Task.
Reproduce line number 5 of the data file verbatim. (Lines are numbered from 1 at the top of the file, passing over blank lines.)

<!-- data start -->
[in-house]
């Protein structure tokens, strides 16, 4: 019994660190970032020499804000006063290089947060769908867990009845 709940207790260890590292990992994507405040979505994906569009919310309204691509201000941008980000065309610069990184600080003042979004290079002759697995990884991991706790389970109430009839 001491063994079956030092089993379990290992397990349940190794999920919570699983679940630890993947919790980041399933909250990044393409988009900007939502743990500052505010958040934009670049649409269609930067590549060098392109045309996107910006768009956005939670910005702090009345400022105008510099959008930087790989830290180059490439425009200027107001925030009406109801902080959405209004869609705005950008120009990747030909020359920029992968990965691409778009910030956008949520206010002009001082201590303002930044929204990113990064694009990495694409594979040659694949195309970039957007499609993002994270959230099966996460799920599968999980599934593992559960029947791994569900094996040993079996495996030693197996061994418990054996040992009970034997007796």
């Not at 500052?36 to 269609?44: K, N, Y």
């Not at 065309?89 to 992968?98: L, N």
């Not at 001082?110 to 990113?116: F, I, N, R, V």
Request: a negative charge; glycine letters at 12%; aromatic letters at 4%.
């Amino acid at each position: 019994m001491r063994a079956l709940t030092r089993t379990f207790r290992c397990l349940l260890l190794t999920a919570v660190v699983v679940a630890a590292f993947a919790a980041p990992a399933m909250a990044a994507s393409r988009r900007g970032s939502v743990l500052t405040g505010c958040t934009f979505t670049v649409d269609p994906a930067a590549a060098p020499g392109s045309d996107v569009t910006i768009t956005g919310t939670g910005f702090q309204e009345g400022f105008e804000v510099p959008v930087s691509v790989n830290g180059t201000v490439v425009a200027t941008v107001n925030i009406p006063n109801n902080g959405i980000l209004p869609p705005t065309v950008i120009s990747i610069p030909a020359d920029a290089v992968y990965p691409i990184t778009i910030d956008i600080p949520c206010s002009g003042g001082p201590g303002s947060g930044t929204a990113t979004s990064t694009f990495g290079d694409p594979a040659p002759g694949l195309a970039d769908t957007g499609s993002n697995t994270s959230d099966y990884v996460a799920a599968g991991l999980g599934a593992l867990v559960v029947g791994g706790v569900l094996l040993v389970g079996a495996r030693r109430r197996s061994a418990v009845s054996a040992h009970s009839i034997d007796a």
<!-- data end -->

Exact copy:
């Not at 001082?110 to 990113?116: F, I, N, R, V």